DESPERATION ROW: Late afternoon at the Tucson Pima Arts Council, and an arts writer's idle dream seemed to be coming true.
I was the lone reporter in a room where the heads of most of Tucson's powerhouse arts groups and nonprofits of an intellectual bent had assembled for an "arts advocacy meeting." On the roll call were the directors, or the number-two folks at least, of the Tucson Museum of Art, the Center for Creative Photography, The Arizona Theatre Company, UA Poetry Center, Tucson Jazz Society, Ballet Arizona, Tucson Boys Chorus, Arizona Historical Society, Tucson Botanical Gardens, Tohono Chul and on and on.
And nearly all of them wanted to talk to me.
While it's an odd situation for a reporter to be so much in demand, I tried not to feel too flattered. The arts leaders are desperate to get the word out to the public that they're being hit, and hit hard, by the impending massive cuts in public funding. Shelley Cohn, head of the Arizona Commission on the Arts, was there to tell them that observers of the raucous budget proceedings in Washington expect the National Endowment for the Arts to take a hit of some $68 million. The old allotment was $167 million; the new one will probably be $99 million. Dan Schilling, director of the Arizona Humanities Council, said the National Endowment for the Humanities will probably come through at $110 million, representing a 36 percent budget cut.
What does Tucson stand to lose specifically, I asked the group at large. Here are a few of their answers:
Nancy Lutz, assistant director of the Center for Creative Photography, had a ready response. "The Center received $169,000 in three years from the NEA for the care of its collections, for providing access to school groups. It's the same for the other museums. This money pays for the real nuts-and-bolts museum work."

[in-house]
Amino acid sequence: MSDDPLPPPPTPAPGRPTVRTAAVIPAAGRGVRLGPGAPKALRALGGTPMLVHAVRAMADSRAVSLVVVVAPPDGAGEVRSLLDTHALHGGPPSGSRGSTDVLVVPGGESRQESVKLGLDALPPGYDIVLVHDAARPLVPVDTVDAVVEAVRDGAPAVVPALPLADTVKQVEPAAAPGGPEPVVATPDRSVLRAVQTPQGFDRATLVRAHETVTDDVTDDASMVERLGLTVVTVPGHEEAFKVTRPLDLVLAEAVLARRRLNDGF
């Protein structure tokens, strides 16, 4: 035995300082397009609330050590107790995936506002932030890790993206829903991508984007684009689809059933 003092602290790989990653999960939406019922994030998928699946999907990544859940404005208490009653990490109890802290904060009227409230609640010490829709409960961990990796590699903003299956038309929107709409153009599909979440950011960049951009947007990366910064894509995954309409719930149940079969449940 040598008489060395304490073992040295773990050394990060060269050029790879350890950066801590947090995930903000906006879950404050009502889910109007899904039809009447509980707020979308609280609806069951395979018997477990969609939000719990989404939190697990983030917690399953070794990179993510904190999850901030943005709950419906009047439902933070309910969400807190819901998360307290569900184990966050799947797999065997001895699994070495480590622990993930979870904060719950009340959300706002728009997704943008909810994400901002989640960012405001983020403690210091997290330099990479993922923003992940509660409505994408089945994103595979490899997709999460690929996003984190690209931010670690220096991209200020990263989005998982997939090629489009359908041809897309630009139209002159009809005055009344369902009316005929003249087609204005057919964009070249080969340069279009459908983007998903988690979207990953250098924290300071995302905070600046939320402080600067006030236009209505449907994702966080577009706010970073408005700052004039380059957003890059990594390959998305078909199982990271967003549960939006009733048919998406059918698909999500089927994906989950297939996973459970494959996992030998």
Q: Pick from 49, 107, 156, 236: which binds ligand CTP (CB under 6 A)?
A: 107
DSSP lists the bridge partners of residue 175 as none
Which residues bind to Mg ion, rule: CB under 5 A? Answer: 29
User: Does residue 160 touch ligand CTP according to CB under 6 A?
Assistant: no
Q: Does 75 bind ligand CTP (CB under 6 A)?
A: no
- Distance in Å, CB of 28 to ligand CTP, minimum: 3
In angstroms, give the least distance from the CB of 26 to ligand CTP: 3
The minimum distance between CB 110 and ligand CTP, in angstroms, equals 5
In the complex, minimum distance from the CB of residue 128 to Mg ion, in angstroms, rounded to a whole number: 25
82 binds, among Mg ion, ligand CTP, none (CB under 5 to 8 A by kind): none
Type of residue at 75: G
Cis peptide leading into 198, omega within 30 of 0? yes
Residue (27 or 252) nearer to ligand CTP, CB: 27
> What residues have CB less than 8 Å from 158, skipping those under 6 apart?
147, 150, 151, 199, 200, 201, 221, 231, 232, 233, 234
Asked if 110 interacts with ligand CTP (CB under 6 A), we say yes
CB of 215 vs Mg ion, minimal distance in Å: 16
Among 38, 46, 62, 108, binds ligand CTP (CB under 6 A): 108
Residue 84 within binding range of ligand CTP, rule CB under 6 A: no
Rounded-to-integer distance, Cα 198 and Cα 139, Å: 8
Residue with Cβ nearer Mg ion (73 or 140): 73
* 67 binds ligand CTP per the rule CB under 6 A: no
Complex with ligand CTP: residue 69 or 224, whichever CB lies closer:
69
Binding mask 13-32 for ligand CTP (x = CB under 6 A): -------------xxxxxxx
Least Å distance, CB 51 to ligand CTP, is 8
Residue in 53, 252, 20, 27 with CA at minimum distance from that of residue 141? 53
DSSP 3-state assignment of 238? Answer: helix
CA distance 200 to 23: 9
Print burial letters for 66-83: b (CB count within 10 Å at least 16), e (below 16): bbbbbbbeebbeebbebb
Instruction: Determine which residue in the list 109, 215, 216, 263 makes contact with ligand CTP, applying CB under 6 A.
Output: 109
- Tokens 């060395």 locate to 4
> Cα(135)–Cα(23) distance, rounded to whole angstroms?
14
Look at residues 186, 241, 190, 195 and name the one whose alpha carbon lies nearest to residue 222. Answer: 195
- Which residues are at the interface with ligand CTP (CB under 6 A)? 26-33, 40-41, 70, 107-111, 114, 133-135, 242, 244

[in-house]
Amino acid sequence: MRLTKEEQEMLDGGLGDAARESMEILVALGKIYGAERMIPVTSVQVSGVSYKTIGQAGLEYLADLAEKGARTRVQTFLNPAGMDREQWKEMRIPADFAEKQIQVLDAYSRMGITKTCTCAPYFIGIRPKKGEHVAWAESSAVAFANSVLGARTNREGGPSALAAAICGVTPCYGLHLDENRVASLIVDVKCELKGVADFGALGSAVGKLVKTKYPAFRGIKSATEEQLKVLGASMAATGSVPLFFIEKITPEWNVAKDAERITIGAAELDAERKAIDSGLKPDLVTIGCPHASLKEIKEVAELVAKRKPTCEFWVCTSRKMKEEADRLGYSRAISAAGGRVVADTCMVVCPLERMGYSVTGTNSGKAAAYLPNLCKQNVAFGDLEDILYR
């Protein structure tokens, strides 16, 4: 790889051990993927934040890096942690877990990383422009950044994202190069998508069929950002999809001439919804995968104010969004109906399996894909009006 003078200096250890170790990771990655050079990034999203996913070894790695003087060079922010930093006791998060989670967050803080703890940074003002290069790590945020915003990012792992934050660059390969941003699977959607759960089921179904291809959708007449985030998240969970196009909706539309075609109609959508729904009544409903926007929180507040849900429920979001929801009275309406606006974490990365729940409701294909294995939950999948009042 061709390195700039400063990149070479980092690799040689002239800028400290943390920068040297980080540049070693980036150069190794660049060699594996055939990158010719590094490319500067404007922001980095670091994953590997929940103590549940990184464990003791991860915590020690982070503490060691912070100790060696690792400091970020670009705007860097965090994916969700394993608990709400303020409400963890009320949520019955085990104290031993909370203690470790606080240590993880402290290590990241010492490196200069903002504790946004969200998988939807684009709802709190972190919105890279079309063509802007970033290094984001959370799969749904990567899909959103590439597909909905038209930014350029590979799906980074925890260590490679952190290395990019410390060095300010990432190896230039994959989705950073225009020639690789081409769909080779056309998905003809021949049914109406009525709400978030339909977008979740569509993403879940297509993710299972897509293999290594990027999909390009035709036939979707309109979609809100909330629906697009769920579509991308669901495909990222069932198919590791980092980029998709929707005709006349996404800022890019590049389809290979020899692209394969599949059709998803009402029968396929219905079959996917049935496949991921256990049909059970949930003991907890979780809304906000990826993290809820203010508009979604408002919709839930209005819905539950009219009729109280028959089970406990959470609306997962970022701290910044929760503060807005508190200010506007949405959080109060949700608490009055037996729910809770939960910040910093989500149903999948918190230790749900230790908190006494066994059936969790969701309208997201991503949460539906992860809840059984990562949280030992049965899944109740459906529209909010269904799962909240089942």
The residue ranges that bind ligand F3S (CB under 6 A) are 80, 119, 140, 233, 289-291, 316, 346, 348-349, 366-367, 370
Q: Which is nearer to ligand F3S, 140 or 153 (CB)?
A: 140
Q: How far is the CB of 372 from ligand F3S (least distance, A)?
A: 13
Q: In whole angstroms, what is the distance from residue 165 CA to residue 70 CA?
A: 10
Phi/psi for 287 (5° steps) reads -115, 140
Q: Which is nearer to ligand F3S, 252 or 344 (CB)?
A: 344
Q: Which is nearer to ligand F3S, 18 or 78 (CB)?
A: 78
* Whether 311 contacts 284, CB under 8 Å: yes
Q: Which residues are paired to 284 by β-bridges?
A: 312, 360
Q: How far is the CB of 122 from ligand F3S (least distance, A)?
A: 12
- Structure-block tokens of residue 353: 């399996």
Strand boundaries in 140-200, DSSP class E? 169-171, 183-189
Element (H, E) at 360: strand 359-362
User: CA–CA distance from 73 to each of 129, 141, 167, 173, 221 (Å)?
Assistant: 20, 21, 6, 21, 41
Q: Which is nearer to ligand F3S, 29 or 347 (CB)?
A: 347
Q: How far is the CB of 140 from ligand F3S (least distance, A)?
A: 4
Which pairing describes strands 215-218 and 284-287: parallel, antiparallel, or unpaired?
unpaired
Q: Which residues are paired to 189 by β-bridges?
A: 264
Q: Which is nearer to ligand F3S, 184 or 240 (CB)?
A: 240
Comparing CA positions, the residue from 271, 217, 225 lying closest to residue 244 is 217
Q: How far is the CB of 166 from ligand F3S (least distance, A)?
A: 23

Robert Yassin, director of the Tucson Museum of Art, agreed. Private corporate backers can often be persuaded to kick in for a glamorous exhibition, he said; they're not too interested in sponsoring behind-the-scenes archival work. And, he said, NEA money is attractive seed money that can draw more money from corporate donors. A museum looks to potential donors like it's doing something right if it's already jumped over the NEA hurdles.
Jessica L. Andrews, new managing director of the Arizona Theatre Company, said, "We used to be able to apply for seasonal support. Now it's all about choosing something within the season that will be competitive."
A Ballet Arizona rep explained that while her troupe has not received NEA money, it's enjoyed working with nationally known choreographers who've received individual NEA fellowships. Most of those direct grants to artists have now gone by the wayside.
Under the tightened-up rules of the leaner, meaner NEA and NEH, arts groups and museums will find themselves competing with each other for diminishing dollars. And smaller cities like Tucson will be at a distinct disadvantage. Part of the original justification for both the NEA and the NEH was to bring the arts and humanities to all America, from Carnegie Hall in New York to the public library in Willcox. But new rules require grant recipients to be doing projects of regional and national significance.
"Back in Washington, they say that Philadelphia is national, we're local," Schilling said. "Now they'll tell you a project about Father Kino is local."
An increasingly conservative Congress is inclined to fund conservative projects. For instance, said Schilling, congressional reps see NEH grants that pay to send a scholar to, say, Peru for two years of research as junkets. They like scholarly projects bent on preserving the artifacts of the past; what they don't like is cutting-edge research. That trend at the NEH corresponds to the new mentality at the NEA, where under the new regime grants will be given to community orchestras, say, to play old music, not to a young composer to create new music.
What to do? The new strategy propounded by Dian Magie, head of TPAC, is this: Figure out new places to get arts money (read: the private sector). Lobby your legislators. And if arts groups can't persuade Tucsonans that arts matter to people's hearts and minds, she said, they've got to demonstrate the arts matter to the city's pocketbook. You'll be hearing more, much more, in the coming months about the economic impact of the arts.
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